Following the comic tone of the operetta, Gilbert and Sullivan used satire and comedy to cover up poined social commentary, in the same way as The Beggar’s Opera. Financially, they partnered up with Richard D’Oyly Carte’s Comedy Opera Company to continue producing operettas. Because of their performances at London’s Savoy Theatre, they became known as the Savoy triumvirate.

From London to New York

In a way, Gilbert and Sullivan discovered their growing market in New York through piracy. Their operetta, H.M.S. Pinafore, was run over 100 times in American theaters before the D’Oyly Carte Company ever crossed the Atlantic. They were even met at the port by cast members in H.M.S. Pinafore costumes. 

Obviously, Gilbert and Sullivan were a hit. They came into America in 1878, 13 years after the Civil War (ended in 1865). Post-Civil War America was characterized by a new sense of national identity, and also by a rising middle class.

This means, economically, more households could afford to go to higher-end theater. Socially, more households were looking for entertainment that appealed to their education and tastes, without being as expensive as high society opera and theater.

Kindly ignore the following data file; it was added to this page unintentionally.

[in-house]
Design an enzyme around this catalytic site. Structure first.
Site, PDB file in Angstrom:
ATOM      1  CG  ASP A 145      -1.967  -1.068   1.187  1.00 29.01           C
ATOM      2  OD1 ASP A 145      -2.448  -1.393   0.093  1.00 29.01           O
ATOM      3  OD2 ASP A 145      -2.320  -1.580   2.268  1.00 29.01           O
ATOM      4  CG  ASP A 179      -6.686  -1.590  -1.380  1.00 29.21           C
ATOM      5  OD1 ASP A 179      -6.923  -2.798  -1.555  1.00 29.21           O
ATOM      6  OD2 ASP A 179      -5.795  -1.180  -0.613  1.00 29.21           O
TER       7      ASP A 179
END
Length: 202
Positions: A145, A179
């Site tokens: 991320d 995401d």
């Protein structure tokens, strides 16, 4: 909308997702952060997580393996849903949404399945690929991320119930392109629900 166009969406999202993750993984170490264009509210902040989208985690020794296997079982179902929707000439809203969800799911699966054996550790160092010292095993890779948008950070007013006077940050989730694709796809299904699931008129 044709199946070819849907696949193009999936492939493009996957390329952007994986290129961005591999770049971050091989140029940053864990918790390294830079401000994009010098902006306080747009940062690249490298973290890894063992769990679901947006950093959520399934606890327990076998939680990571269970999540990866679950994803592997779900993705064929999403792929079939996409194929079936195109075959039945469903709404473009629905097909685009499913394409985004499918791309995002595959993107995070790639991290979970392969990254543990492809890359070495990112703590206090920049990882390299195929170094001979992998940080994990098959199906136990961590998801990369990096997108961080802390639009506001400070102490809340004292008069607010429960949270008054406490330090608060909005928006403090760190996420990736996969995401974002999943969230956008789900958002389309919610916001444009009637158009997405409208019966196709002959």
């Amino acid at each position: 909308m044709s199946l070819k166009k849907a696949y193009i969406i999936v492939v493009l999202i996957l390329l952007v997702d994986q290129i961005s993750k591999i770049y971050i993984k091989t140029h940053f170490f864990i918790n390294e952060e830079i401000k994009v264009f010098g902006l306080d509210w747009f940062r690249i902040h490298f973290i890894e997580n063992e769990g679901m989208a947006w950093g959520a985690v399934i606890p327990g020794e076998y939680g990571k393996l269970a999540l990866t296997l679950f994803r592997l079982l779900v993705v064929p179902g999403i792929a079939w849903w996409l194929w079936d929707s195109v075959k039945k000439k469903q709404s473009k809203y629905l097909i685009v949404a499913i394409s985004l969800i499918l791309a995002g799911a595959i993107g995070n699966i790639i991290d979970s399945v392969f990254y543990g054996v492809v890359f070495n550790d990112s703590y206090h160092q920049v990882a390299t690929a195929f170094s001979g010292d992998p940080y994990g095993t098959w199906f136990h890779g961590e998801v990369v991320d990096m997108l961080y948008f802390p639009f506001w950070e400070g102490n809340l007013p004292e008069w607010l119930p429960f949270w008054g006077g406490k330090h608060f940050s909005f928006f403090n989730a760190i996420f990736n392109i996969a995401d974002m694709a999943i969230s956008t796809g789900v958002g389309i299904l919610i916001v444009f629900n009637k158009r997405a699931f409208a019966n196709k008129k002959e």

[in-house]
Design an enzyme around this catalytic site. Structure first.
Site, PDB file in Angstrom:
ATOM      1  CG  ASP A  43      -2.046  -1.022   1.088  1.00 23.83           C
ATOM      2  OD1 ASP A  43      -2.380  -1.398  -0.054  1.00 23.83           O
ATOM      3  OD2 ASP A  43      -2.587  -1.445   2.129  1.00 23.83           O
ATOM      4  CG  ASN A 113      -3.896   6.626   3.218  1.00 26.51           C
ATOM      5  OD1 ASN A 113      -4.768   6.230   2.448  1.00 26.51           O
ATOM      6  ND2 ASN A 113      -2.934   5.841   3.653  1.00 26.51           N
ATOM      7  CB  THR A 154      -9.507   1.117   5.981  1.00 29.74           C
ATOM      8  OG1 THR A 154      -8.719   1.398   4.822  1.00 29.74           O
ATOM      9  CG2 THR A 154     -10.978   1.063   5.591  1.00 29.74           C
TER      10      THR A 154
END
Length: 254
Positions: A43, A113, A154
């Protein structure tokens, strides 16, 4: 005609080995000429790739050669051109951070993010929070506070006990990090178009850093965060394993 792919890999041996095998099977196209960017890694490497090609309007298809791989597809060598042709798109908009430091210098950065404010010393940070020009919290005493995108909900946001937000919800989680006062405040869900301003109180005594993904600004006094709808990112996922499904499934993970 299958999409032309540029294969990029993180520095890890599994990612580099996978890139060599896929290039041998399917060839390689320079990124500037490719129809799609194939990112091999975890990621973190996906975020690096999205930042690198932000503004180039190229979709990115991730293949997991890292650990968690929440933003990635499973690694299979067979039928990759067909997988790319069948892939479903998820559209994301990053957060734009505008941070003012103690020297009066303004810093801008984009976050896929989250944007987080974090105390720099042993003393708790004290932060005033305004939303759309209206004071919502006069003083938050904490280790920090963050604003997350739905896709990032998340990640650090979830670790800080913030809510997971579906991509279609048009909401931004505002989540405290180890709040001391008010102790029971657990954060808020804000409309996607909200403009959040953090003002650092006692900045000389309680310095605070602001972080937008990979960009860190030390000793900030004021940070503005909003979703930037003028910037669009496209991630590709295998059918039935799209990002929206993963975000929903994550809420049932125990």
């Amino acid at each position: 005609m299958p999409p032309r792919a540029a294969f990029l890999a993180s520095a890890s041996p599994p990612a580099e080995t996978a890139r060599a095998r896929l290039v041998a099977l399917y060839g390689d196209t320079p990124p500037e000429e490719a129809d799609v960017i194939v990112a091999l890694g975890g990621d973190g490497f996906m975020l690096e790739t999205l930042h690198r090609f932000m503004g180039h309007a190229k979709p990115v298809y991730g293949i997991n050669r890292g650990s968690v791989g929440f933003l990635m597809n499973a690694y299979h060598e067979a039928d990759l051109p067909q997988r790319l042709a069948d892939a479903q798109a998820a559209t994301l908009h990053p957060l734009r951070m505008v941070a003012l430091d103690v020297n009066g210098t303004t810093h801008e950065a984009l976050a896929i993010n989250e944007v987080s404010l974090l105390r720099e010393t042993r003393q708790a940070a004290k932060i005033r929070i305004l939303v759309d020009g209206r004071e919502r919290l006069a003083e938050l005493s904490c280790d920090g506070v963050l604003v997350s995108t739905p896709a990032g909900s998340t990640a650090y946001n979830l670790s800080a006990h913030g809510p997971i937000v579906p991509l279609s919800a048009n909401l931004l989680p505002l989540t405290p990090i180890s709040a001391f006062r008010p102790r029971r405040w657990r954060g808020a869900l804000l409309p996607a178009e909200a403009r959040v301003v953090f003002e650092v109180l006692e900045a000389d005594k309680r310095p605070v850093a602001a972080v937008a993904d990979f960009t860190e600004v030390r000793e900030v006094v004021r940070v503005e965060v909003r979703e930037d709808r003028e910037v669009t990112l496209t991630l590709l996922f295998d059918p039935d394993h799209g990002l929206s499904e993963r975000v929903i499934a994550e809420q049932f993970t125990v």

Gilbert and Sullivan perfectly fit the bill. They were unashamedly and explicitly tailored for the middle class. The music they produced was easily picked up and sung by local theater companies and audience members alike. 

But what makes Gilbert and Sullivan a turning point for musical theater history in America? 

An integrated story

Before Gilbert and Sullivan, American theater productions were more performances than anything. There was more of a theme than a story, and the purpose was entertainment. More often than not, the performances were carried by star singers and actors. These celebrities had a lot to do with the performance in general. If they felt like ad libbing or adding their own elements to the performance, they could.

Gilbert and Sullivan’s productions had none of that. They began by writing a strong story. Only after that would they develop the lyrics, and then compose the music. The acting troupes were trained professionals, and no one person carried the production. Strong story, witty lyrics, and full-orchestra music was very different from American music-based theater performances at that time. 

Why didn’t it last?

If we look at the history of musical theater in America, the story usually begins with Gilbert and Sullivan in the later 1800s, then jumps straight to Broadway and the Golden Age of musical theater during the Second World War.